Demand for coins and notes surges in Australia, despite COVID-19 cash shun

Damien Larkins 25 June 2021 37
Blank coins fall from conveyor belt at Royal Australian Mint

Orders of new coins from the Royal Australian Mint have spiked despite the ongoing COVID-19 pandemic. Photo: Royal Australian Mint.

Demand for coins has doubled and demand for notes has tripled in Australia during the past year despite a push for cashless transactions in the COVID-19 pandemic.

It seems almost every business now has signs encouraging customers to use card or electronic transfer instead of cash to lower the risk of COVID-19 transmissions.

So it comes as a surprise that demand for cash has significantly risen.

The Royal Australian Mint in Canberra says it put approximately 175 million new coins into circulation during the 2020-2021 financial year.

That’s almost twice the 91 million total in 2019-2020.


READ ALSO: New coin commemorates the 50th anniversary of the Battle of Long Khanh


Royal Australian Mint’s chief executive officer, Leigh Gordon, said it was unexpected.

“We’ve been quite surprised by the demand for coins we’ve seen during the past 12 months,” he said.

“[It’s] more demand for circulating coins than we expected across the period of COVID-19.”

The Reserve Bank of Australia (RBA), which oversees the nation’s banknote production and circulation, also saw a surge in demand during the pandemic.

An RBA report released in March this year found that from March 2020 to February 2021, the value of banknotes in circulation rose 17.1 per cent to $97.3 billion.

That’s more than triple the average growth of five per cent per year during the past decade.

A hand takes several notes of Australian currency from a wallet

The Reserve Bank of Australia says people are holding onto cash, especially $50 notes, as a precaution. Photo: Damien Larkins.

Demand grew mostly for larger notes, with $50 notes comprising around 70 per cent and $100 notes 20 per cent.

The RBA puts the spike down to people holding onto cash as a precaution or to store wealth.

“The demand for cash during the COVID-19 pandemic has likely been driven by hoarding behaviour,” said the report.

“[Possibly] a general sense of uncertainty or because they were concerned about possible disruptions to electronic payment systems during the pandemic.”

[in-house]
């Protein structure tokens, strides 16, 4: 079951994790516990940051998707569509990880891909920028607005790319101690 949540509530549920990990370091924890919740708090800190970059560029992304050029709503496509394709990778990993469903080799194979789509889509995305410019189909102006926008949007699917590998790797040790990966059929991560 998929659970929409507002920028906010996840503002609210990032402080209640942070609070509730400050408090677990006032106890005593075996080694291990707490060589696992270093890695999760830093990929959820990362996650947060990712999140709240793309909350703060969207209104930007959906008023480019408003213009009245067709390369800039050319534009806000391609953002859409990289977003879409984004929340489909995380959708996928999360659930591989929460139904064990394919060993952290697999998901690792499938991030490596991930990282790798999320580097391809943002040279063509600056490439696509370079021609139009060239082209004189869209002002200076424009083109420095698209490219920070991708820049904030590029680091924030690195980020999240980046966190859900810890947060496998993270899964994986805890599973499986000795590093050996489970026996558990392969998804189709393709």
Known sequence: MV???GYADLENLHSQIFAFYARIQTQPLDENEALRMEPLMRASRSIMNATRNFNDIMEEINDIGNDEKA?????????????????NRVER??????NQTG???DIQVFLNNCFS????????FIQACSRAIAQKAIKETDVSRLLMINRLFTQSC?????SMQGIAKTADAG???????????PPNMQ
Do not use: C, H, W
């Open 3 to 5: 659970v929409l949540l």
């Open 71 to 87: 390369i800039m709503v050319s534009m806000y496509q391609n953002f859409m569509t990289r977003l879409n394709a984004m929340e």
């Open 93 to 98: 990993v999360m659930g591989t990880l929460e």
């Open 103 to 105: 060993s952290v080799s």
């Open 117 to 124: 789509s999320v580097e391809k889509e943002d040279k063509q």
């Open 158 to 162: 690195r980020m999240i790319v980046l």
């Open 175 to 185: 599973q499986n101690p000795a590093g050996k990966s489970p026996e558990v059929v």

READ ALSO: Lottery gods smile on another big winner in Canberra


Mr Gordon said notes and coins are generally preferred for small transactions by older people and in teaching financial literacy.

But cash in hand also provides a sense of security during tough times.

“People just take hold of their cash across the period of uncertainty,” said Mr Gordon.

“[In] the bushfires that we had, there was a time there down on the South Coast where the EFTPOS machines were down and there was no power.

“You had to pay for your fuel with cash.”

'Cashless payment only' sign at cafe in Canberra

Most businesses moved away from cash transactions during the COVID-19 pandemic. Photo: Damien Larkins.

The majority of the extra production was for the lower-denomination silver 5 cent, 10 cent, 20 cent and 50 cent coins.

Interestingly, $1 coins didn’t experience the initial spike in demand.

Mr Gordon said the South Australian Government’s move to allow poker machines to accept notes in late 2019 caused the anomaly.

“[Gaming organisations] actually gave their stocks of $1 coins back into the circulating pool and they got redistributed,” he said. “So we went for a few months where there weren’t many $1 coin demands.

“But they have started up again with the recent demands from the banks. The system has rebalanced itself.”

A pile of new $1 coins at Royal Australian Mint

The $1 coin was least in demand during the COVID-19 pandemic due to an influx from South Australia. Photo: Royal Australian Mint.